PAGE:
Veronica Franco (whose life is featured in the motion picture Dangerous Beauty) was a sixteenth-century Venetian beauty, poet, and protofeminist. This collection captures the frank eroticism and impressive eloquence that set her apart from the chaste, silent woman prescribed by Renaissance gender ideology. As an "honored courtesan", Franco made her living by arranging to have sexual relations, for a high fee, with the elite of Venice and the many travelers—merchants, ambassadors, even kings—who passed through the city. Courtesans needed to be beautiful, sophisticated in their dress and manners, and elegant, cultivated conversationalists. Exempt from many of the social and educational restrictions placed on women of the Venetian patrician class, Franco used her position to recast "virtue" as "intellectual integrity," offering wit and refinement in return for patronage and a place in public life. Franco became a writer by allying herself with distinguished men at the center of her city's culture, particularly in the informal meetings of a literary salon at the home of Domenico Venier, the oldest member of a noble family and a former Venetian senator. Through Venier's protection and her own determination, Franco published work in which she defended her fellow courtesans, speaking out against their mistreatment by men and criticizing the subordination of women in general. Venier also provided literary counsel when she responded to insulting attacks written by the male Venetian poet Maffio Venier. Franco's insight into the power conflicts between men and women and her awareness of the threat she posed to her male contemporaries make her life and work pertinent today.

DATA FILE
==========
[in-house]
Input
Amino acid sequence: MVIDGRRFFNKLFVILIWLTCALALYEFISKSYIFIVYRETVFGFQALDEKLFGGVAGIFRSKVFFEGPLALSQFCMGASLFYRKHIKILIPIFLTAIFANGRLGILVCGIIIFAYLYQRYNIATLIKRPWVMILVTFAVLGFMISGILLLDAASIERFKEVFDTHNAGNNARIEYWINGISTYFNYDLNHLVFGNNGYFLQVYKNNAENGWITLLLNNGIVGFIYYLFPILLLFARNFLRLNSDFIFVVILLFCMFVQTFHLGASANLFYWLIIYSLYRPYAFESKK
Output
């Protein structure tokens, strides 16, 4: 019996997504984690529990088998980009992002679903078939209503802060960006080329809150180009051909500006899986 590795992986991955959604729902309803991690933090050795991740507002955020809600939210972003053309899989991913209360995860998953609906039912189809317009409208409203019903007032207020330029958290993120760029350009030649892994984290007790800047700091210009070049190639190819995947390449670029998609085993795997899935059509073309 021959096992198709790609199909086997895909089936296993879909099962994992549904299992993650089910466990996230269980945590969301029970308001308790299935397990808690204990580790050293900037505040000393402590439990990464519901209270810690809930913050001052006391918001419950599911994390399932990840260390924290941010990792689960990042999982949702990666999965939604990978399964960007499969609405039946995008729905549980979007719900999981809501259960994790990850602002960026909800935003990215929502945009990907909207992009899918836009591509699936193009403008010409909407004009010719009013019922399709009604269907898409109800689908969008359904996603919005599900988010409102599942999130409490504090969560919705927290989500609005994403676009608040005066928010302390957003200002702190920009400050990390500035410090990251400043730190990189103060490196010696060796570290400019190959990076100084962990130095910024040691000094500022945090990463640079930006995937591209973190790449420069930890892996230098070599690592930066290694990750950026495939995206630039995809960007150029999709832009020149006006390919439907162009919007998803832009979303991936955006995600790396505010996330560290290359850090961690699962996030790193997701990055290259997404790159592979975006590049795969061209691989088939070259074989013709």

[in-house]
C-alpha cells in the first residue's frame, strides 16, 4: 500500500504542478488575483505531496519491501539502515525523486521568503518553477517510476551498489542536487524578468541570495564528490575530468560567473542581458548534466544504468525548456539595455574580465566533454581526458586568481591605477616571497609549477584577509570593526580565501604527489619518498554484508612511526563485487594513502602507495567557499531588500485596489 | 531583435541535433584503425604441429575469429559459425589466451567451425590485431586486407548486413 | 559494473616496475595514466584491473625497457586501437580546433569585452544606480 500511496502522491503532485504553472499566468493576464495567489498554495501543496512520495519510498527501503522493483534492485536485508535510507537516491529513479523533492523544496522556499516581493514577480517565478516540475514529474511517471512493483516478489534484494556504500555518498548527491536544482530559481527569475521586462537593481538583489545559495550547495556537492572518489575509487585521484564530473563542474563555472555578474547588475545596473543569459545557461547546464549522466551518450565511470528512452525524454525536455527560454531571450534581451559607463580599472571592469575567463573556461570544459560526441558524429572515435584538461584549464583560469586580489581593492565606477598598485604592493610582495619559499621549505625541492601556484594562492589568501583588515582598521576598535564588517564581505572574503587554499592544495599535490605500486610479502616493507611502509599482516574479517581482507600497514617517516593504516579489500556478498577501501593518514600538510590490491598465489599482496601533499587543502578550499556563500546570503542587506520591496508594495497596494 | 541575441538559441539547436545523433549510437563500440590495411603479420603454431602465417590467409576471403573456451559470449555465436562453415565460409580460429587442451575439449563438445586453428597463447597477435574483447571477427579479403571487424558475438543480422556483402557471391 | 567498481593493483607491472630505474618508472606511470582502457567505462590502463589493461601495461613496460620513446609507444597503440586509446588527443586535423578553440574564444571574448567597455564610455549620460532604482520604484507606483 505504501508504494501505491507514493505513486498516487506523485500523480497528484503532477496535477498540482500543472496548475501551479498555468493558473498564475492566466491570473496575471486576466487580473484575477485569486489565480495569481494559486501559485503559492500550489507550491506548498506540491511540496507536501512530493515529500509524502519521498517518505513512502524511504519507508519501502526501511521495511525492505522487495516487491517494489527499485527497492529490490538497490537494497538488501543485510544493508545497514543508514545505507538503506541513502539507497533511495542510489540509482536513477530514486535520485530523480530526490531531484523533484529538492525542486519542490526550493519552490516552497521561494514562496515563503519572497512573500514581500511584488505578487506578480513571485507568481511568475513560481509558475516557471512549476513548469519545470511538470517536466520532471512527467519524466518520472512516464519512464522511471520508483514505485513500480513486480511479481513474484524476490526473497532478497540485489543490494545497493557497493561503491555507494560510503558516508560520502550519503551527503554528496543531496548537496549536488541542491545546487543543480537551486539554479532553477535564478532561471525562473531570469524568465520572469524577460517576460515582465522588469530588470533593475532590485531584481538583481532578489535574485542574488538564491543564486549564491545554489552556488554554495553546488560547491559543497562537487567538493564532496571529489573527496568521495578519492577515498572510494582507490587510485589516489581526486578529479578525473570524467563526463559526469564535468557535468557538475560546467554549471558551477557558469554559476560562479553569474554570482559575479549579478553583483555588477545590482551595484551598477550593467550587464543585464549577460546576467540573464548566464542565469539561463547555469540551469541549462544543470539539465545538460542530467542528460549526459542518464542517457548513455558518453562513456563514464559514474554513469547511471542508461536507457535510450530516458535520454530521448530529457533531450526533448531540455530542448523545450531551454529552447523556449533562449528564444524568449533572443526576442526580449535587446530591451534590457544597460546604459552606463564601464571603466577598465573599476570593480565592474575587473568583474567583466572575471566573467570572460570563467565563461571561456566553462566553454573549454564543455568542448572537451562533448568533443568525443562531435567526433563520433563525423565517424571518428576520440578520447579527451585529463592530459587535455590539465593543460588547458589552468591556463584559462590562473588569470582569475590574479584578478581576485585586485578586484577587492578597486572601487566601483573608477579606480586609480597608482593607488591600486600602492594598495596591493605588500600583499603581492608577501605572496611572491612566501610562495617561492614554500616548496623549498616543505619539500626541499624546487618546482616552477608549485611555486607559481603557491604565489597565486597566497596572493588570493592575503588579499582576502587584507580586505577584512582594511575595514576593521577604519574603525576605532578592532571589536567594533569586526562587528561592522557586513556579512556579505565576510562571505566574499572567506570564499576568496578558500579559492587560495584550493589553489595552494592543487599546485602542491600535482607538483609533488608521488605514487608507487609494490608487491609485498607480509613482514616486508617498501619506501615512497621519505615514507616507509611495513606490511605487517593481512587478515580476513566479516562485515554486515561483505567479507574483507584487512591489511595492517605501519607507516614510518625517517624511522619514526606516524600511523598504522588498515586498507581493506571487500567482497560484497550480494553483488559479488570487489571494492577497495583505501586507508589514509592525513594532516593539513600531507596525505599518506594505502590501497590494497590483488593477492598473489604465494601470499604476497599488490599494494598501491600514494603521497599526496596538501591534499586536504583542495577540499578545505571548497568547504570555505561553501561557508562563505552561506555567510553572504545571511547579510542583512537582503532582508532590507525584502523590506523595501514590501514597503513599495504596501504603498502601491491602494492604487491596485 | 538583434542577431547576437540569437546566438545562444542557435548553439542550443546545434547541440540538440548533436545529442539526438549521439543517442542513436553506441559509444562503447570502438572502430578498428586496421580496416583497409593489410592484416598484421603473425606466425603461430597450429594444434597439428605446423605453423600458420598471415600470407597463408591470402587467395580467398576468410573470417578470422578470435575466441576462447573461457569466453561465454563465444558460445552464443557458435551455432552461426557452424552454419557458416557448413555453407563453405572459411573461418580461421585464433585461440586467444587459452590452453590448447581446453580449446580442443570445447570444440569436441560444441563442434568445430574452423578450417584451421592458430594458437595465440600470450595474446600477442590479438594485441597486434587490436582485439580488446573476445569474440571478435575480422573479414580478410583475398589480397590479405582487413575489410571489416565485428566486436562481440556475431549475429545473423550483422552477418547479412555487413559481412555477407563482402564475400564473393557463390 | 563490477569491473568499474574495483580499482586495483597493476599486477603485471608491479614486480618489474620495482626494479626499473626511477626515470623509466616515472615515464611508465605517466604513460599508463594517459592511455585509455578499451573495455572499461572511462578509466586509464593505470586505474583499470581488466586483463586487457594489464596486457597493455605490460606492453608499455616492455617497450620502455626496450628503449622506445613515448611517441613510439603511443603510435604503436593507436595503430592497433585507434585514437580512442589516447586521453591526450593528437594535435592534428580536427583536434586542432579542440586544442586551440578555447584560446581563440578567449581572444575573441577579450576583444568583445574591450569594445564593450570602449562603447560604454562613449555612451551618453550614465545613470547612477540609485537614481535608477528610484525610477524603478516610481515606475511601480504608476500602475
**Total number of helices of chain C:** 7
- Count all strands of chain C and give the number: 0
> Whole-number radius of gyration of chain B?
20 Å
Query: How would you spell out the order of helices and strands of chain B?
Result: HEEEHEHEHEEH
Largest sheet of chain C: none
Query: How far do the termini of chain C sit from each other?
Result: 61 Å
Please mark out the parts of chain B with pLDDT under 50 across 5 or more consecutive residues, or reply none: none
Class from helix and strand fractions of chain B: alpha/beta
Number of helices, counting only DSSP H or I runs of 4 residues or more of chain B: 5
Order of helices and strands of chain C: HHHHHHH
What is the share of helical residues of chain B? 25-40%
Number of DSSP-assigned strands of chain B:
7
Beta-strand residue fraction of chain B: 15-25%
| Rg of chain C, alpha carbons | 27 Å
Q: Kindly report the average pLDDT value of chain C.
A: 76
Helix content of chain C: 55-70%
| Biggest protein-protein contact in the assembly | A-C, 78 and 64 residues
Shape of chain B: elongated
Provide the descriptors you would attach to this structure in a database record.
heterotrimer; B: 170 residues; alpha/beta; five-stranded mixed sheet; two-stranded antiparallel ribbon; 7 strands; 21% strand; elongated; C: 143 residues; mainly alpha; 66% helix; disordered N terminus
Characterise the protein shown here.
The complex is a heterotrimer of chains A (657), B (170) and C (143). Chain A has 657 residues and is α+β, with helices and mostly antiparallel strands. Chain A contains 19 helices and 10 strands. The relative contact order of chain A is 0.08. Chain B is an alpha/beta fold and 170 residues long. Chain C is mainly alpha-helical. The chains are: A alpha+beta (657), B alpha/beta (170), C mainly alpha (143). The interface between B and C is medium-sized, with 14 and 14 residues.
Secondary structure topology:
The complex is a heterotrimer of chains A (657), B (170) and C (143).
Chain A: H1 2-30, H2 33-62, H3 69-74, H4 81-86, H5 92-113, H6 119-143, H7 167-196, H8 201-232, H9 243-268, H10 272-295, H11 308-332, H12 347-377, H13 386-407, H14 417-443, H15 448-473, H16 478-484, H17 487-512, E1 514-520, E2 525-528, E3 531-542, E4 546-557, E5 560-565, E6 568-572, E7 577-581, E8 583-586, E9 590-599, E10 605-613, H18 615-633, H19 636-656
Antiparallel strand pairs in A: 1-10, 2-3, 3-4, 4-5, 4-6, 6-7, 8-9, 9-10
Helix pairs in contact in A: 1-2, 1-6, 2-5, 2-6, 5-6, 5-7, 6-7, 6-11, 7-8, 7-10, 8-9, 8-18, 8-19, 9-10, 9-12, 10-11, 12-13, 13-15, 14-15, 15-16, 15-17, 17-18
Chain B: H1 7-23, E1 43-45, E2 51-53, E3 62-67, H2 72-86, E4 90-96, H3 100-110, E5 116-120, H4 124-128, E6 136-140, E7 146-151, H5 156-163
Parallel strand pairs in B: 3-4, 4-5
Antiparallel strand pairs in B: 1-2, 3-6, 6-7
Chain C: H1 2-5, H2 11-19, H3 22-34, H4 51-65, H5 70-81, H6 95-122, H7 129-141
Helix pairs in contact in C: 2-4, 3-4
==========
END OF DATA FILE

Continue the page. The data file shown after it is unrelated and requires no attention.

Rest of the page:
WITH AN INTRODUCTION BY DIRECTOR JANE CAMPION John Keats died in penury and relative obscurity in 1821, aged only 25. He is now seen as one of the greatest English poets and a genius of the Romantic age. This collection, which contains all his most memorable works and a selection of his letters, is a feast for the senses, displaying Keats' gift for gorgeous imagery and sensuous language, his passionate devotion to beauty, as well as some of the most moving love poetry ever written.
Presents a collection of writings by the American poet, including his complete body of poetic and prose works as well as a selection of his letters, and offers insight into his relationships with family and contemporaries.
Felicia Hemans was the most widely read woman poet in the nineteenth-century English-speaking world. Broadview’s edition shows why she was one of the few standard poets to be found in middle-class homes on both sides of the Atlantic, despite being routinely disparaged as a “merely” feminine poet. Included here is poetry representative of her entire career, from often-anthologized works, such as “The Homes of England” and “Casabianca,” to several long poems in their entirety, such as “The Forest Sanctuary.” Also included are selections of her prose and letters, a comprehensive introduction, and selections of views and reviews showing her changing and controversial place in culture into the twentieth century. All selections are edited, annotated, and introduced.
'I think I shall be among the English Poets after my death,' John Keats soberly prophesied in 1818 as he started writing the blankverse epic Hyperion. Today he endures as the archetypal Romantic genius who explored the limits of the imagination and celebrated the pleasures of the senses but suffered a tragic early death. Edmund Wilson counted him as 'one of the half dozen greatest English writers,' and T. S. Eliot has paid tribute to the Shakespearean quality of Keats's greatness. Indeed, his work has survived better than that of any of his contemporaries the devaluation of Romantic poetry that began early in this century. This Modern Library edition contains all of Keats's magnificent verse: 'Lamia,' 'Isabella,' and 'The Eve of St. Agnes'; his sonnets and odes; the allegorical romance Endymion; and the five-act poetic tragedy Otho the Great. Presented as well are the famous posthumous and fugitive poems, including the fragmentary 'The Eve of Saint Mark' and the great 'La Belle Dame sans Merci,' perhaps the most distinguished literary ballad in the language. 'No one else in English poetry, save Shakespeare, has in expression quite the fascinating felicity of Keats, his perception of loveliness,' said Matthew Arnold. 'In the faculty of naturalistic interpretation, in what we call natural magic, he ranks with Shakespeare.'